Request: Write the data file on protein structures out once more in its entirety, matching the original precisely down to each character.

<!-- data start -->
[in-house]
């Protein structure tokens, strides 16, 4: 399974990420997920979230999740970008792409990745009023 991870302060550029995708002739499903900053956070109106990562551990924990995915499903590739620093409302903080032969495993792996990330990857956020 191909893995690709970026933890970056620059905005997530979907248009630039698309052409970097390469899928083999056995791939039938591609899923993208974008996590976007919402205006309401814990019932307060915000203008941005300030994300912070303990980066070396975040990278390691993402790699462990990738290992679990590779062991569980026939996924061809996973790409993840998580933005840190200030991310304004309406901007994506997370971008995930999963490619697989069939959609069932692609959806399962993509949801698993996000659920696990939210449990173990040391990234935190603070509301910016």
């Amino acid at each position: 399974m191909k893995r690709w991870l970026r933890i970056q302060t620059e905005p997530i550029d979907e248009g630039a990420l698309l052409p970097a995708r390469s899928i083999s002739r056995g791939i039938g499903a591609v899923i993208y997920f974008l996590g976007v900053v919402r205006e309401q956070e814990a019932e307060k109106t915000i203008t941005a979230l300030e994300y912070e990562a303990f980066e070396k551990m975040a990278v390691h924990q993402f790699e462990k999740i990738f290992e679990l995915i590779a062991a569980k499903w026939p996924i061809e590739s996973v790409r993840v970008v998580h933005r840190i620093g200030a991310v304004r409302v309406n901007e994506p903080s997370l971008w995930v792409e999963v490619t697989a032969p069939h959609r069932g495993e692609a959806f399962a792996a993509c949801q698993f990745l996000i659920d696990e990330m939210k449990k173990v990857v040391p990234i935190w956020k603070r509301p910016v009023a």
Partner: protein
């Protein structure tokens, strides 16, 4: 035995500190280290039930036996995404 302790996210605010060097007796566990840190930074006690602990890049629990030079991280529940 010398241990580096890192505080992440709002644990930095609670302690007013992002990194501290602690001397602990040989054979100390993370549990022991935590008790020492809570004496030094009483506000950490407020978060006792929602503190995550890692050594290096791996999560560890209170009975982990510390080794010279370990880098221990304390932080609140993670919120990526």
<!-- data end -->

[in-house]
């Protein structure tokens, strides 16, 4: 399974990420997920979230999740970008792409990745009023 991870302060550029995708002739499903900053956070109106990562551990924990995915499903590739620093409302903080032969495993792996990330990857956020 191909893995690709970026933890970056620059905005997530979907248009630039698309052409970097390469899928083999056995791939039938591609899923993208974008996590976007919402205006309401814990019932307060915000203008941005300030994300912070303990980066070396975040990278390691993402790699462990990738290992679990590779062991569980026939996924061809996973790409993840998580933005840190200030991310304004309406901007994506997370971008995930999963490619697989069939959609069932692609959806399962993509949801698993996000659920696990939210449990173990040391990234935190603070509301910016």
């Amino acid at each position: 399974m191909k893995r690709w991870l970026r933890i970056q302060t620059e905005p997530i550029d979907e248009g630039a990420l698309l052409p970097a995708r390469s899928i083999s002739r056995g791939i039938g499903a591609v899923i993208y997920f974008l996590g976007v900053v919402r205006e309401q956070e814990a019932e307060k109106t915000i203008t941005a979230l300030e994300y912070e990562a303990f980066e070396k551990m975040a990278v390691h924990q993402f790699e462990k999740i990738f290992e679990l995915i590779a062991a569980k499903w026939p996924i061809e590739s996973v790409r993840v970008v998580h933005r840190i620093g200030a991310v304004r409302v309406n901007e994506p903080s997370l971008w995930v792409e999963v490619t697989a032969p069939h959609r069932g495993e692609a959806f399962a792996a993509c949801q698993f990745l996000i659920d696990e990330m939210k449990k173990v990857v040391p990234i935190w956020k603070r509301p910016v009023a």
Partner: protein
């Protein structure tokens, strides 16, 4: 035995500190280290039930036996995404 302790996210605010060097007796566990840190930074006690602990890049629990030079991280529940 010398241990580096890192505080992440709002644990930095609670302690007013992002990194501290602690001397602990040989054979100390993370549990022991935590008790020492809570004496030094009483506000950490407020978060006792929602503190995550890692050594290096791996999560560890209170009975982990510390080794010279370990880098221990304390932080609140993670919120990526």